The photo below shows the kit and the two finished plugs.  Now I know that from the picture, the plugs resemble something blown into a  handkerchief but the weird shape is the profile of part of the external ear surface and ear canal!  They are perfectly smooth on the outside and look fine. Washable and hypo-allergenic too.



A loud hi-fi test with both plugs inside the house (accompanied by much eye-rolling and sighing by my Chief Executive) revealed a greater noise attenuation than with either the foam or musicians plugs, but how would they be on the bike?  Well, I went for a local open road run to test them out.  Had a bit of difficulty getting them in place first time but it was just a matter of technique and didn't have any subsequent problems.  In terms of noise reduction, they work superbly but interestingly, you appear to be able to hear across the full range of frequencies, just at a significantly reduced level which is great.  One exception is that wind roar seems to have disappeared completely, I don't know why.

For the 80 km round trip, they were perfectly comfortable on the inside of the ear but there were a couple of slightly raised bits on the outside of the plugs that the helmet seemed to press on.  This caused a localised pressure point just above the ear lobe.  It was easy to see where a spot on each plug sat slightly proud and was quickly fixed with the aid of a craft knife .  So all in all:  yep, they work well and they'll be progressively tested for comfort over longer distances.  The manufacturers are a Scottish company and this is the link to their website: DIY Ear Plugs.

No more riding or blogging for a couple of weeks as I'm surprising Jennie with a trip to a secret destination to celebrate our 38th wedding anniversary - leaving early next week.  As far as I know, there's no motorcycle or scooter hire there, but it should still be fun!


8 comments:

  1. I hope for Jen's sake it is somewhere warm and expensive!

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  2. 'ang on a minute Steve, don't you mean "I hope for Geoff's sake, it's somewhere warm and expensive", hehe.

    If I don't reappear on August 4th, you'll know that I scored less than a pass mark.

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  3. Happy wedding anniversary! Hope that you and Jennie have a wonderful time.

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  4. Geoff:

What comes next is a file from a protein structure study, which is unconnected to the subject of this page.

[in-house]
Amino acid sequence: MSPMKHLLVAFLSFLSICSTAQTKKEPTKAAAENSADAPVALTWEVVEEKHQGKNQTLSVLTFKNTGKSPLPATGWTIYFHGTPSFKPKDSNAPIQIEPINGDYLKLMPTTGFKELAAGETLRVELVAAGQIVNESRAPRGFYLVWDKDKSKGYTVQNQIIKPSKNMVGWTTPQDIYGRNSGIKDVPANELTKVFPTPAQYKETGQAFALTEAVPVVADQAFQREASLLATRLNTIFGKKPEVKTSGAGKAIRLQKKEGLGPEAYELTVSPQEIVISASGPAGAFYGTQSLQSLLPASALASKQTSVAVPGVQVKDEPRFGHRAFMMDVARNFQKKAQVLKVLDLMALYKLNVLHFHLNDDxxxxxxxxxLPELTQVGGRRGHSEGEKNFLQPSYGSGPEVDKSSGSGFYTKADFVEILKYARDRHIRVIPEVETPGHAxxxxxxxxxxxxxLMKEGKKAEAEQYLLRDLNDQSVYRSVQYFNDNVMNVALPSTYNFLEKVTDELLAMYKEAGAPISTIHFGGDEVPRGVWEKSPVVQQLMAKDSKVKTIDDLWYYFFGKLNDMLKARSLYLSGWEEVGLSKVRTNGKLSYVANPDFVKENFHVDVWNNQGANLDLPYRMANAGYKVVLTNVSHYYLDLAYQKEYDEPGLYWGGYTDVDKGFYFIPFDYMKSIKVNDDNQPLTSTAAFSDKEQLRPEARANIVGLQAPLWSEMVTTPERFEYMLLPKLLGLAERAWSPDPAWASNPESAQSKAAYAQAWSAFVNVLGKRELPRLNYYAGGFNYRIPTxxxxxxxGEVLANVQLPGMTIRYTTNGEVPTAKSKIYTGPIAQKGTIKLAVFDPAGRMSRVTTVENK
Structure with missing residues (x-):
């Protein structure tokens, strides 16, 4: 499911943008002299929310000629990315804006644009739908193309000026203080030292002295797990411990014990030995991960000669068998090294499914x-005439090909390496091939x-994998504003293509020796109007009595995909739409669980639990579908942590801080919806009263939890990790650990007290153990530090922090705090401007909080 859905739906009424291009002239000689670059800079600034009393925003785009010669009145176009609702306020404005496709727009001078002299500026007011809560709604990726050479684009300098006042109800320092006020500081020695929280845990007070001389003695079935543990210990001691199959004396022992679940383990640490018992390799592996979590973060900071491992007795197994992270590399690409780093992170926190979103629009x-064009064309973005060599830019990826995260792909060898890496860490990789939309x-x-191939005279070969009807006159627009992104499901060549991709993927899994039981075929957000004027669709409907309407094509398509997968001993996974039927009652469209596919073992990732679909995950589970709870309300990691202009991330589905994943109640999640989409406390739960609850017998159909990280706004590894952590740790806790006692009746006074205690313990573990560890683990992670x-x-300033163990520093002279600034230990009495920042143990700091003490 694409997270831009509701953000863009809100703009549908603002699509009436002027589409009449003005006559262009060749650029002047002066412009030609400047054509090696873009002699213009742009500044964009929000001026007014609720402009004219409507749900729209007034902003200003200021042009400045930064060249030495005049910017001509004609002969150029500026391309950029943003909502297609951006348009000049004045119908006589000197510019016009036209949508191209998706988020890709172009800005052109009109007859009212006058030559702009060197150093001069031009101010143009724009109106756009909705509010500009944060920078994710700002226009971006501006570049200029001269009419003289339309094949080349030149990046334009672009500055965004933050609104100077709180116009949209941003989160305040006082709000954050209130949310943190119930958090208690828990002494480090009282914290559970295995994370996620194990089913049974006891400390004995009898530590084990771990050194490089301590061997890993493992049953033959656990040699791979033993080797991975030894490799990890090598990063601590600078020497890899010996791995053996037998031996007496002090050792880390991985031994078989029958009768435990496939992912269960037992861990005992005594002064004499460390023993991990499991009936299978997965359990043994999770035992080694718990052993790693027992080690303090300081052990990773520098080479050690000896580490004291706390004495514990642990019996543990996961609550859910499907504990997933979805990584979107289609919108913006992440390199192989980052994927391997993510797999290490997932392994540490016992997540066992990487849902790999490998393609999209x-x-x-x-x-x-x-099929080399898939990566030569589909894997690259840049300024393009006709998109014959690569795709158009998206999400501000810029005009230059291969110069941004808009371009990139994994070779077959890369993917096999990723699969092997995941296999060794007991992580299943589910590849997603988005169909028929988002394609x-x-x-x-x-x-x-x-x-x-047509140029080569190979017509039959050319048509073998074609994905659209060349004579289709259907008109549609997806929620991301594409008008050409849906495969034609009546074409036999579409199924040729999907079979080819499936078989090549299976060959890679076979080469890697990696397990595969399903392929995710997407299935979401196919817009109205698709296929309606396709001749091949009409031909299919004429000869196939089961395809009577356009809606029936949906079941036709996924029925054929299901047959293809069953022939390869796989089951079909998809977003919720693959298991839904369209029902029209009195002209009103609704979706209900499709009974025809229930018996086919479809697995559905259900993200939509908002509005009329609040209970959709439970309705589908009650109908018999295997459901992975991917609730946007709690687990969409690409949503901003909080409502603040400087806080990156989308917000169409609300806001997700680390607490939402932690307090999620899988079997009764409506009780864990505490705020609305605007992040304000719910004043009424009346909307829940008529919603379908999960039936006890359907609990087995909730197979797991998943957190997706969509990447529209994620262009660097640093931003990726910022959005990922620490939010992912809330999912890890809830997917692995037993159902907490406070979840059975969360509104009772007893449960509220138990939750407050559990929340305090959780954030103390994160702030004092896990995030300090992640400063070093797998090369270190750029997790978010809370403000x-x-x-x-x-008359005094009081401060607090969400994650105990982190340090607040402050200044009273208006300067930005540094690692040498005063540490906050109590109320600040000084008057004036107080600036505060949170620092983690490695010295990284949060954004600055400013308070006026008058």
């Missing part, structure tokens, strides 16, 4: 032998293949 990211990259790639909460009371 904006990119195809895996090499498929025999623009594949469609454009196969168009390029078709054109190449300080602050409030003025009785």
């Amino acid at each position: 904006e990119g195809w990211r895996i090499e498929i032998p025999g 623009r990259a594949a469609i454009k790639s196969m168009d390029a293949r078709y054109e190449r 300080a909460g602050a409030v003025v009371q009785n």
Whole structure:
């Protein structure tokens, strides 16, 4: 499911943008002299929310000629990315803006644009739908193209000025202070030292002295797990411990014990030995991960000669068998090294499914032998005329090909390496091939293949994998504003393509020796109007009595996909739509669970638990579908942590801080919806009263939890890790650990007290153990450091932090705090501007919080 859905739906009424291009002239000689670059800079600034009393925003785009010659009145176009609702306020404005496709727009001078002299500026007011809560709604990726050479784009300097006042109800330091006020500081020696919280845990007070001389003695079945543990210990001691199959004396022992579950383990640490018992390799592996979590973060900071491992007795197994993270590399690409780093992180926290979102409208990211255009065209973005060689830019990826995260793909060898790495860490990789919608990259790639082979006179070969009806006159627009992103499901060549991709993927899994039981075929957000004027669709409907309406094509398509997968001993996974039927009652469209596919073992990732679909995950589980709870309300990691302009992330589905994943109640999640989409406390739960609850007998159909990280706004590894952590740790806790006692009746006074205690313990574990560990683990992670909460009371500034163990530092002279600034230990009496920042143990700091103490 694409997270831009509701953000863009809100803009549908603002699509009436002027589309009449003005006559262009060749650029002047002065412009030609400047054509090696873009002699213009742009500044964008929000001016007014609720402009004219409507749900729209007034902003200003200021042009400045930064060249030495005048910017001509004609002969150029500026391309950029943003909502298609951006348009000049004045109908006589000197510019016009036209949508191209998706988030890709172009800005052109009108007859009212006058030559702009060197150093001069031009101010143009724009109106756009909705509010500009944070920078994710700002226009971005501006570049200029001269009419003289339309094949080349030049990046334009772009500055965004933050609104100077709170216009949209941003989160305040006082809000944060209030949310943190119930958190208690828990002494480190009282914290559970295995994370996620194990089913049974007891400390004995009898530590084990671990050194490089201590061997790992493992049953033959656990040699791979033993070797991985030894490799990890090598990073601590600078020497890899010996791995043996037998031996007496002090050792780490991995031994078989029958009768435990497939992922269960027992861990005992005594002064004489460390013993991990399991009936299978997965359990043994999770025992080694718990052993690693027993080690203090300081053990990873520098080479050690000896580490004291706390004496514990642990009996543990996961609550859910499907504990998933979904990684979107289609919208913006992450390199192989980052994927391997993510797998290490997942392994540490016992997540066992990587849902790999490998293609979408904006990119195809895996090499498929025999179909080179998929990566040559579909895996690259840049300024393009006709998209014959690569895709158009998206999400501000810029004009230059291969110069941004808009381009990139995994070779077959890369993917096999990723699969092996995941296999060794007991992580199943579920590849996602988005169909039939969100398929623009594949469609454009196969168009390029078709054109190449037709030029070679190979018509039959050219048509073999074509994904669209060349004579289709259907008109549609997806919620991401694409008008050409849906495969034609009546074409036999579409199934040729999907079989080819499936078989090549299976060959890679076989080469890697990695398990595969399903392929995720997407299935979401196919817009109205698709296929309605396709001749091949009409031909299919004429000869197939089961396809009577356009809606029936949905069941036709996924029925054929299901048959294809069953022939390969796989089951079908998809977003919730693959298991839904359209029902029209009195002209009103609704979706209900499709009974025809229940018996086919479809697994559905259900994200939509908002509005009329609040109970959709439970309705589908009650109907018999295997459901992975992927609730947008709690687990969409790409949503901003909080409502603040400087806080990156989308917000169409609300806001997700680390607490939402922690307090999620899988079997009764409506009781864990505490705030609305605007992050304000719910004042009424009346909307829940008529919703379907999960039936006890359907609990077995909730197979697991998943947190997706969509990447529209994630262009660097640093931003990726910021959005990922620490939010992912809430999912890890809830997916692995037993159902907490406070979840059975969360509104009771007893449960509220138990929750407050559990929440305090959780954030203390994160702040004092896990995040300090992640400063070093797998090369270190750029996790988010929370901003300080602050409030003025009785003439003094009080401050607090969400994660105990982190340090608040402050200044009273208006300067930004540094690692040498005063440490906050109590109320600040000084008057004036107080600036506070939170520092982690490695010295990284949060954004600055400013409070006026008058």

Hmm, let's see. take 2010 minus 38, that equals 1972, somehow I am ahead of you. Happy Anniversary and for your sake it better be Warm and Expensive . Two weeks without a computer, what are you going to be doing locked up in your room together ?

    Have a good time, see you when you get back

    bob
    Wet Coast Scootin

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  5. Sonja:
    Many thanks. It's not until the end of the month, but we'll have it whilst we're away. I don't know how she puts up with me after all this time.

    Bob:
    1972 it was. It'll certainly be warm and not wanting to sound like a cheapskate, hopefully the shopping won't be too expensive. (But I do need a new pocket-sized digital camera so there has to be a bit of quid pro quo).

    Errr... I'm sure I'll think of something, despite advancing years ;-).

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  6. Ha ha great post Geoff, I also have a thriving nest of used ear plugs in my tank bag( I really should stop chucking them in there). The only plugs that work for me are E.A.R Classics or Sennheiser CX500 in-ear headphones.
    Have fun on your trip

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  7. Interesting timing. I'm always looking for ear plug options and am considering a custom molded plug. My right ear canal seems to be getting smaller all the time.

    Happy anniversary. You got us beat by 6 years.

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  8. Hi Irondad and Talofa from Western Samoa!

    Maybe ears do change shape over time!

    Thank you. Having a fantastic time. Only seen one scooter and no bikes on the road. Weird given the perfect conditions.